Share this page on facebook
Nuances of fish passage debated PDF Print E-mail
Community
Written by Mark Jaeger   
Wednesday, 11 August 2010 15:30

 

Village of Grafton officials would like flood control, not just aquatic species, considered in design

Engineers continue to refine the design for the fish passage that will allow aquatic species to get past the Bridge Street dam, but Grafton’s Public Works Board learned Monday that the plan still needs work.

Andrew Struck, Ozaukee County’s director of parks and planning, and Chad Davidson of the engineering firm Bonestroo, provided the board with the latest concept details following a design
team meeting earlier in the day.

The latest renderings of the fish passage show a roughly 700-foot channel along the east bank of the Milwaukee River, extending from the downstream face of the dam to an area north of the Washington Street bridge.

“While we’ve done the engineering, this is not the final design. We still have to do some hydraulic modeling,” Struck said.

The current plans call for the channel to be a combination of an enclosed and open passageway.

“It is critical that we get some natural light in the channel,” Davidson said.

The channel will have a gradual slope, starting well below the water level at the dam and rising to the surface heading north.

The inside of the channel will include imbedded rocklike features to give fish the sense of swimming along a natural streambed. The obstructions will give fish resting areas before they proceed upstream.

The channel is tentatively designed to handle no more than 10% of the river flow, limiting the water flow to about two feet per second.

“The channel is being designed to accommodate the least athletic of the target species of fish, northern pike, sturgeon and walleye,” Davidson said.

Gates will be incorporated into the design to ensure that invasive aquatic species do not use the channel to gain access to the impoundment area upstream on the river.

To protect the fish passage, a 3-1/2-foot retaining wall is proposed, so that even in flood stage the volume of water in the channel can be regulated.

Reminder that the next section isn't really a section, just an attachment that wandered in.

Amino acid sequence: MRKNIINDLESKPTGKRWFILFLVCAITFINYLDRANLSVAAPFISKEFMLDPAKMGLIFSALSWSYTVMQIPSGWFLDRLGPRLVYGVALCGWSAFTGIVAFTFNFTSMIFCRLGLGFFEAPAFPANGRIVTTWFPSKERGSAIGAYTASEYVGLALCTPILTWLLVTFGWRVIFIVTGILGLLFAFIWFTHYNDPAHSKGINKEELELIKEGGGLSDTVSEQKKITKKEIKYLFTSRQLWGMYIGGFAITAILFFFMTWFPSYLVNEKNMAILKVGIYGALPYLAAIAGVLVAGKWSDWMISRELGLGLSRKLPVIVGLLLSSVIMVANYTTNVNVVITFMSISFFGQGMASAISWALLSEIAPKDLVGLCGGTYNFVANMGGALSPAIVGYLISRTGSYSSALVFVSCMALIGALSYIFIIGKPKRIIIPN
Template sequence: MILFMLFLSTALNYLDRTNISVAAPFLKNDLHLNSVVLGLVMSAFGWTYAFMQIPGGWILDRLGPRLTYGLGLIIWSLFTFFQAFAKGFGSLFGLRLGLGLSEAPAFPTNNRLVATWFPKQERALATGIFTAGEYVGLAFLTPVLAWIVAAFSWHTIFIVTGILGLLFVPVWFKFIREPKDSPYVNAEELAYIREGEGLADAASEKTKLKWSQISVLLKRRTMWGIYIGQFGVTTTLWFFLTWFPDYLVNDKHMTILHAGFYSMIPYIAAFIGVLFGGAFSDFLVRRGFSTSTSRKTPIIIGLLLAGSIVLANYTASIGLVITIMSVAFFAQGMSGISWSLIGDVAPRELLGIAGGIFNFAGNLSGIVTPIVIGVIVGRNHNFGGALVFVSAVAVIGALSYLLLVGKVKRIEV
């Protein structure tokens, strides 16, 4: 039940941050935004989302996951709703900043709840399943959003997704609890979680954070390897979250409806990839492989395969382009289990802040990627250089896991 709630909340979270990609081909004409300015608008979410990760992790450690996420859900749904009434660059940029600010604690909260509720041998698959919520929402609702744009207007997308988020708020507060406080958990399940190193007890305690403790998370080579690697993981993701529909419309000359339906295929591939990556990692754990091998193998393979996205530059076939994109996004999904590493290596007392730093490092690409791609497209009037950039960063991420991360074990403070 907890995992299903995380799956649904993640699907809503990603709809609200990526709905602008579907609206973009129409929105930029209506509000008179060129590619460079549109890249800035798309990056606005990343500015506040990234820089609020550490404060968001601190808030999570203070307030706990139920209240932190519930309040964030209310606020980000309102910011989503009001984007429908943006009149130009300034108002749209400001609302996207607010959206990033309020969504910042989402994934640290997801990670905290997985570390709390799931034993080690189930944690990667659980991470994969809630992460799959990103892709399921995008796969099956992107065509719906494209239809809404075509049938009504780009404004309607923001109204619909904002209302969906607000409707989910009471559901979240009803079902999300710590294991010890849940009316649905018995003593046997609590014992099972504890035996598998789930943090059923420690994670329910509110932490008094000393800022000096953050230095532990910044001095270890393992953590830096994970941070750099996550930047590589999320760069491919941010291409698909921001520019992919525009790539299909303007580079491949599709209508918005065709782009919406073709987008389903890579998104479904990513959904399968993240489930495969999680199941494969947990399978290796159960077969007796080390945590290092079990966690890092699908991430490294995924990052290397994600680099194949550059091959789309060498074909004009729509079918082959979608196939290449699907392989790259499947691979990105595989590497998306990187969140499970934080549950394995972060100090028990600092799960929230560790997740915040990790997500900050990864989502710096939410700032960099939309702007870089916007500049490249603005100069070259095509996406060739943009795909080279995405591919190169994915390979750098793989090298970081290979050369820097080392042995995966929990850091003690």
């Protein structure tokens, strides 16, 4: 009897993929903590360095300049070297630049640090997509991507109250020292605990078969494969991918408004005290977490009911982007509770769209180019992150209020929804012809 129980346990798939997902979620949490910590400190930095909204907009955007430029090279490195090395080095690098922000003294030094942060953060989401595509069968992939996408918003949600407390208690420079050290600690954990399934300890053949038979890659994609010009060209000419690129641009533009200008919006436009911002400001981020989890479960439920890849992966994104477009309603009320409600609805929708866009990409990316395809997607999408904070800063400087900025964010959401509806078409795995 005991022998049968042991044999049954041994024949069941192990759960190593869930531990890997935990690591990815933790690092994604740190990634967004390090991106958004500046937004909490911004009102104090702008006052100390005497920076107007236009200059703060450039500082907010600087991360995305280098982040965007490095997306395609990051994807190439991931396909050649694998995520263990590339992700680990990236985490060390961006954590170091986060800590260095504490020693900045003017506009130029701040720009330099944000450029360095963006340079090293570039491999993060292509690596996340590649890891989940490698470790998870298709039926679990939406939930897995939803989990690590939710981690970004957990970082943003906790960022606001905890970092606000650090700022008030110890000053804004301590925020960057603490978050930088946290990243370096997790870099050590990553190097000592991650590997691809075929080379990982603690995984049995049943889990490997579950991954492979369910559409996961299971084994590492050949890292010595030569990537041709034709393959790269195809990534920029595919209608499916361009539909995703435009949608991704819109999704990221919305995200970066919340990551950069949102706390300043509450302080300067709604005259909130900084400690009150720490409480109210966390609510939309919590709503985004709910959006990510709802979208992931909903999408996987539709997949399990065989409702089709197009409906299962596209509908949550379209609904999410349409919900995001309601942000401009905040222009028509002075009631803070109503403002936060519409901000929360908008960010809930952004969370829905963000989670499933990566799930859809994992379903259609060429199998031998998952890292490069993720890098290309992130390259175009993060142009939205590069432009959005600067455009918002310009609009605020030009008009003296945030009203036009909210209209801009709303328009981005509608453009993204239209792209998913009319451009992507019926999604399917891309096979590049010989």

That emphasis on protective measures for spawning fish over the desire to preserve riverfront property caught the attention of Village Engineer Dave Murphy.

“Protecting native fish species is great, but we also have a major concern with any measures that would make flooding of the riverwalk even more likely,” Murphy said.

To address those concerns, he asked that an alternate design be considered creating a retaining wall system capable of withstanding a 500-year flood.

Struck asked to meet with the board next month when more refined plans for the fish passage are expected to be ready.

Under the terms of the federal stimulus grant from the National Oceanic and Atmospheric Administration to restore habitat along the river, Struck said the intention is to complete design work on the fishway this year.

An extension could push construction into next year, he said.

On a related topic, the board also reviewed the underwater inspection report on the Bridge Street dam prepared by Collins Engineers.

A dive team inspected the site this spring and determined the dam is in good condition with minor deficiencies.

The greatest problems were noted on the masonry wall along the west downstream shoreline, where heavy deterioration of the mortar joints was seen.

The east side of the dam has eroded bedrock, so the engineering firm recommended replacing the concrete cap in conjunction with the fish passage.

“The study pretty much tells us what we already knew before, that over time this dam is going to need attention,” Murphy said.

Comments (0)Add Comment

Write comment
You must be logged in to post a comment. Please register if you do not have an account yet.

busy
 
advertisement
Banner
Banner
Banner